The viewing distances were 6 and 3 m when testing the central and peripheral visual fields, respectively. All measurements were performed with the participants wearing best optical correction; central and peripheral refractive errors were fully corrected using full aperture trial lenses placed 12 mm in front of the cornea, with the untested eye being occluded by a standard black opaque eye patch. Even though high-contrast resolution acuity at peripheral visual fields is known to be largely unaffected by optical blur,20 peripheral refractive errors were corrected to ensure that the outcomes of psychophysical measurements arose from neural rather than optical factors. 
The psychophysical paradigm was implemented to measure resolution acuity for both horizontal and vertical gratings. The grating bar width (GW1, GW2) and orientation (V, H) of grating stimuli were controlled using four randomly interleaved staircases: GW1H, GW1V, GW2V, and GW1V. The bar width, that is, half the reciprocal of spatial frequency in arcmin, was decreased by 1-unit step after three consecutive correct responses and was increased by 1-unit step after one incorrect response (3-down 1-up; converged towards 79% correct). The step sizes were 0.05 and 0.125 minute of arc for the measurements undertaken in the fovea and periphery, respectively. Resolution acuity was taken as the average of the last eight reversal points (3rd to 12th) of each staircase. The resolution acuity measurements reported in the following figures were based on an average of four measurements. Note that all resolution acuities, in arcmin, were multiplied by the spectacle magnification to control for potential optical magnification differences among refractive groups.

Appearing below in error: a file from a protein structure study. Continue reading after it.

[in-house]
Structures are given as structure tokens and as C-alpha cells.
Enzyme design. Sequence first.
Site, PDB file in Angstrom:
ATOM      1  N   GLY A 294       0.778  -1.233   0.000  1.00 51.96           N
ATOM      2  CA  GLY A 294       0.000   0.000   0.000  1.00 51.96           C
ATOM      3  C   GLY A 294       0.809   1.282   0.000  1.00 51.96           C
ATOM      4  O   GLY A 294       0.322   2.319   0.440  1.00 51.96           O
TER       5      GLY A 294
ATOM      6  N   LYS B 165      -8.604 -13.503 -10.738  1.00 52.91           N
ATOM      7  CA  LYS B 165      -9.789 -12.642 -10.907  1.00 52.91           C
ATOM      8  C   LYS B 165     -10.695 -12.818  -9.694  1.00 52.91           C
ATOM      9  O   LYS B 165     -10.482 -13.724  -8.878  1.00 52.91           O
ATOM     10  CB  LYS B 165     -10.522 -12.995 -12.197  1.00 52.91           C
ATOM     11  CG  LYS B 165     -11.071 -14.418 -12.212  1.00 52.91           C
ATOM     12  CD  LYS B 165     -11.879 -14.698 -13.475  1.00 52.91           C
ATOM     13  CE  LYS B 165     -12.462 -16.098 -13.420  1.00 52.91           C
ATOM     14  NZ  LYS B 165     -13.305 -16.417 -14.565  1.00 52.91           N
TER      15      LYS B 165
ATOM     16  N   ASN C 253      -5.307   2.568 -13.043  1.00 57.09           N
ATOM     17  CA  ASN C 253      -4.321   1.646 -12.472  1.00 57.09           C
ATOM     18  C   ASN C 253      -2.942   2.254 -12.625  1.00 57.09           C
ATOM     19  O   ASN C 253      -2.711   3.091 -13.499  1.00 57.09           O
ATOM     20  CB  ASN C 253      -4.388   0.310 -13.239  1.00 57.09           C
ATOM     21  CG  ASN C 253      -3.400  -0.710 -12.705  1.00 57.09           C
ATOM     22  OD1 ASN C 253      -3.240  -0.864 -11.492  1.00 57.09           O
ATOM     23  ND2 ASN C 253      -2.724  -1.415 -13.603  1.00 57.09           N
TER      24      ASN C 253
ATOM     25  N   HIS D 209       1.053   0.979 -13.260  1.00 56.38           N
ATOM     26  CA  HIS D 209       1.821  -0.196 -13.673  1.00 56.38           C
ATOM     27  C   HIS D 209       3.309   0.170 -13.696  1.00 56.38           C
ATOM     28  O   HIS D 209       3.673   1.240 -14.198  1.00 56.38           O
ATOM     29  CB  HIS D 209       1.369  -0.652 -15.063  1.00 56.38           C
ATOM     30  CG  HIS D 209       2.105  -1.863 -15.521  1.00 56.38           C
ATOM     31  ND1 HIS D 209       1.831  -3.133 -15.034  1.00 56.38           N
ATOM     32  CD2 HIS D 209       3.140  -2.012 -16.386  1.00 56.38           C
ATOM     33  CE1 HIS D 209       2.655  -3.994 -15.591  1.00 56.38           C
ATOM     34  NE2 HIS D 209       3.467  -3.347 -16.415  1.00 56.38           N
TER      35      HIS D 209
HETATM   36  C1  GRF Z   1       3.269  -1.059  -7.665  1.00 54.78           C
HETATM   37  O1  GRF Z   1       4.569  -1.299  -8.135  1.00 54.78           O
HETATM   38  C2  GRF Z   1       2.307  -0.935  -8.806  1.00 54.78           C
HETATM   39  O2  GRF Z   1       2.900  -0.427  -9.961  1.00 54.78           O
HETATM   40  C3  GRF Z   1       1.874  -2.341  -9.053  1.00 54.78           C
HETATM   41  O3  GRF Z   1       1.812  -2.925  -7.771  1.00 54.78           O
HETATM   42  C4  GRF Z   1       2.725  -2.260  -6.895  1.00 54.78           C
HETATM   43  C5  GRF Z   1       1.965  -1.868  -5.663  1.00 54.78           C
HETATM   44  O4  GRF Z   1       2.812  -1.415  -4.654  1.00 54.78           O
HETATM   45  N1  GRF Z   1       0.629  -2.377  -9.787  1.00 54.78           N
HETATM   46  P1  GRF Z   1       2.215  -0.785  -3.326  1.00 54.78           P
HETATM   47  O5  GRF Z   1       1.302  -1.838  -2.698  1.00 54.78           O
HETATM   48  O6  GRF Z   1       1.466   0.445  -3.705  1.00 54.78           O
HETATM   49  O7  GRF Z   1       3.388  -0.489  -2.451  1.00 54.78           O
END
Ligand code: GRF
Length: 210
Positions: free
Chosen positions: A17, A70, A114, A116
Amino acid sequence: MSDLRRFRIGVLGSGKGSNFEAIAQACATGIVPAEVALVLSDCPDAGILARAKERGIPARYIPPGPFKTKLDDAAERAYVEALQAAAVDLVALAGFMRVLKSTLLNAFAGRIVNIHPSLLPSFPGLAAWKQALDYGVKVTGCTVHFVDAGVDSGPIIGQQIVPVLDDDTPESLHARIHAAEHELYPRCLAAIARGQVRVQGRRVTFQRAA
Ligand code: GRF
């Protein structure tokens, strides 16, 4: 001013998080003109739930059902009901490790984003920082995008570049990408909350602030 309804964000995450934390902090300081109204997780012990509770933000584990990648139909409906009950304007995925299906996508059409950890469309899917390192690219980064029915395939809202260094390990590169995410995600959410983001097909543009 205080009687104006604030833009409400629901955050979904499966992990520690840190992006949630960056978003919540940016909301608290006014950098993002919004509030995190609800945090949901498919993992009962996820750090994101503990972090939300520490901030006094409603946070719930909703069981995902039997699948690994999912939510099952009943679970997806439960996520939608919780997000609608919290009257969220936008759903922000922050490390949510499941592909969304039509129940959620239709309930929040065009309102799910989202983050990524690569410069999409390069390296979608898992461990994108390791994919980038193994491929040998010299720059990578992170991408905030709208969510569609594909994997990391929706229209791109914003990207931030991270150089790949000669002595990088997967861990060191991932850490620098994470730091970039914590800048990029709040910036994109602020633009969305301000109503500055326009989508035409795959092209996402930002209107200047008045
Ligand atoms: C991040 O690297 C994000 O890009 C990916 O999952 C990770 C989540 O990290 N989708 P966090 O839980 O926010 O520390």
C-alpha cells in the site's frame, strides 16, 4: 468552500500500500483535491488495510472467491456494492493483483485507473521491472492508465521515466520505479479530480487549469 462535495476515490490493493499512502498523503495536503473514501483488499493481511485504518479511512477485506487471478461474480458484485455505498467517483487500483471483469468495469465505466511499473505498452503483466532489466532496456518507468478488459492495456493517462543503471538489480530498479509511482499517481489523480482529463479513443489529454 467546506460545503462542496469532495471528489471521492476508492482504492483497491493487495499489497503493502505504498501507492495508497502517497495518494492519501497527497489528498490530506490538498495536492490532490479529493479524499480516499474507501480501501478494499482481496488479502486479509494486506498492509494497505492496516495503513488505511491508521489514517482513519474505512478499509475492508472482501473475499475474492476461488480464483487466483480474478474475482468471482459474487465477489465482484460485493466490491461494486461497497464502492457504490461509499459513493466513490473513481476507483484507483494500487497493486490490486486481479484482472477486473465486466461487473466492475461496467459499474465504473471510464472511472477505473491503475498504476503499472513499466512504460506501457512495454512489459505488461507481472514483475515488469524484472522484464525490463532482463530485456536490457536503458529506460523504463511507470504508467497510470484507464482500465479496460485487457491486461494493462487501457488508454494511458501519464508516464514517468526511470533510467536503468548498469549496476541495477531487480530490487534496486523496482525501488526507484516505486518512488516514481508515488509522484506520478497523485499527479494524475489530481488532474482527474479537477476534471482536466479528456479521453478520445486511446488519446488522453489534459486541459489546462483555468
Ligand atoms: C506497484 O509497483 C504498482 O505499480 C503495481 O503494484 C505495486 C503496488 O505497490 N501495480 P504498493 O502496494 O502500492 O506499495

\begin{equation*} Spectacle\;magnification = \frac{1}{{1 - d\left[ {Fs + Fc\;si{n^2}\left( {\theta - \alpha } \right)} \right]}}\end{equation*}
where Fs, Fc, θ, and α represent the spherical refractive error, cylindrical refractive error, azimuth angle (180° or 90°), and astigmatic axis, respectively; and d denotes the distance from the back vertex of the lens to the entrance pupil, assumed to be 15 mm.21 
Resolution acuity was measured first in the fovea and then the periphery. The test sequence of the peripheral visual fields, that is, nasal and inferior, was randomized. When testing the inferior peripheral field, participants fixated on a letter X located at 15° eccentricity above the monitor. When testing the nasal peripheral field, participants fixated on a letter X located at 15° eccentricity on the side of the monitor. Participants faced the monitor, with their head position stabilized in a head-chin rest, for all testing conditions and only their eyes directed towards the fixation targets. Thus, the optical axes of the corrective lenses were maintained along the relevant visual field direction. The temporal and superior visual fields were omitted to avoid potential interference from the physiological blind spot and the upper eyelid. Eye position during fixation was carefully monitored using a digital camera (NCB541W Night Vision Camera, Wansview Technology Co. Ltd., Shenzhen, China).